397 F2d 277 Imbler v. L Oliver
397 F.2d 277
Paul K. IMBLER, Appellant,
Arthur L. OLIVER, Warden, California State Prison at Folsom, Appellee.
United States Court of Appeals Ninth Circuit.
July 17, 1968.
Roger S. Hanson (argued), Woodland Hills, Cal., for appellant.
Thomas C. Lynch, Atty. Gen. of California, Ensel W. Haws, Charles P. Just (argued), Deputy Attys. Gen., Sacramento, Cal., for appellee.
Before DUNIWAY and ELY, Circuit Judges, and BOLDT, District Judge.1
DUNIWAY, Circuit Judge:
Imbler's petition for a writ of habeas corpus was denied by the District Court without a hearing. The sole ground was that the petition was premature. The factual basis for the ruling can be briefly stated: On September 4, 1958, Imbler was convicted in the Superior Court, Orange County, California, of grand theft (Cal.Pen.C. 484, 487) and sentenced for the term prescribed by law, maximum 10 years. He is still serving that sentence, and does not attack the validity of that conviction. On February 6, 1961, he was convicted in the Superior Court, Los Angeles County, of robbery in the second degree (Cal.Pen.C. 211), and similarly sentenced. The maximum sentence is life, (Cal.Pen.C. 671) and no shorter term has been fixed by the Adult Authority. He is also serving that sentence and does not attack the validity of that conviction. On April 10, 1961, he was convicted in the Superior Court, Los Angeles County, of murder in the first degree (Cal.Pen.C. 187), for which the penalty was fixed at death, and assault with a deadly weapon (Cal.Pen.C. 245), for which the maximum penalty is 10 years. On January 11, 1965, the death sentence was reduced to life imprisonment, following the granting of a writ of habeas corpus by the California Supreme Court. (In re Imbler, 1964, 61 Cal.2d 556, 39 Cal.Rptr. 375, 393 P.2d 687.) He is also serving these sentences. All sentences are running concurrently. But for the life sentence for murder, Imbler would now be eligible for parole on the other convictions. He is not eligible for parole on the murder conviction until 1969.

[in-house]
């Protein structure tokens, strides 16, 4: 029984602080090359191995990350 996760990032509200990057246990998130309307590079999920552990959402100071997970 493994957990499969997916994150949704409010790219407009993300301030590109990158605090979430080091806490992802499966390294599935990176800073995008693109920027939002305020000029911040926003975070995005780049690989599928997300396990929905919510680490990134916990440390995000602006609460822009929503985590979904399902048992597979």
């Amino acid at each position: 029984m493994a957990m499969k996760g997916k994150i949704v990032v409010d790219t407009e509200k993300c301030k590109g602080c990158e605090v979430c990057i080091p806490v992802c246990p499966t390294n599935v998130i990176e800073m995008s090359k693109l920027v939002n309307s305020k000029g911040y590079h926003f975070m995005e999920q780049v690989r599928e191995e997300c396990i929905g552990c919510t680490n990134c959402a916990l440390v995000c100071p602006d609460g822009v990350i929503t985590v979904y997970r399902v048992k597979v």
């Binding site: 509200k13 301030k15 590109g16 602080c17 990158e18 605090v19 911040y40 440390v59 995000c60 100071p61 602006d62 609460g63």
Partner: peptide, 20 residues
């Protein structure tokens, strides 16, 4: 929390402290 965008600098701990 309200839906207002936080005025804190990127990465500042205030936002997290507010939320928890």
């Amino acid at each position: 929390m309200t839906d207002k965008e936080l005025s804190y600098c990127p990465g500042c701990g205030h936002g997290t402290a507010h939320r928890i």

In his petition, Imbler attacks only the murder and assault convictions of April 10, 1961, as modified on January 11, 1965. The District Court, in denying the petition, relied upon McNally v. Hill, 1931, 293 U.S. 131, 55 S.Ct. 24, 79 L.Ed. 238; Lee v. Swope, 9 Cir., 1955, 225 F.2d 674, and Wilson v. Gray, 9 Cir., 1965, 345 F.2d 282. We deferred submission pending decision by the Supreme Court in Peyton v. Rowe, 1968, 88 S.Ct. 1549 (May 20, 1968). That case overrules McNally v. Hill. It expressly permits attack by habeas corpus upon the second of two consecutive sentences, even though the prisoner would not be released if the attack were successful. In doing so, the Court said:
'We overrule McNally and hold that a prisoner serving consecutive sentences is 'in custody' under any one of them for purposes of 2241(c)(3). * * *'
The rationale of that holding is equally valid where sentences are concurrent, at least where, as here, it appears that Imbler's custody under the life sentence for murder prevents his eligibility for parole consideration on his other convictions. See Martin v. Com. of Virginia, 4 Cir., 1965, 349 F.2d 781; cf. Arketa v. Wilson, 9 Cir., 1967, 373 F.2d 582. Consequently, the cited decisions of this court, and other similar decisions, are no longer authoritative as applied to this case. We therefore vacate the order and remand to the District Court for further proceedings. We express no opinion on the merits of any of Imbler's contentions. We restrict our holding to the precise question that we decide.
Vacated and remanded.
Honorable George H. Boldt, United States District Judge, Tacoma, Washington, sitting by designation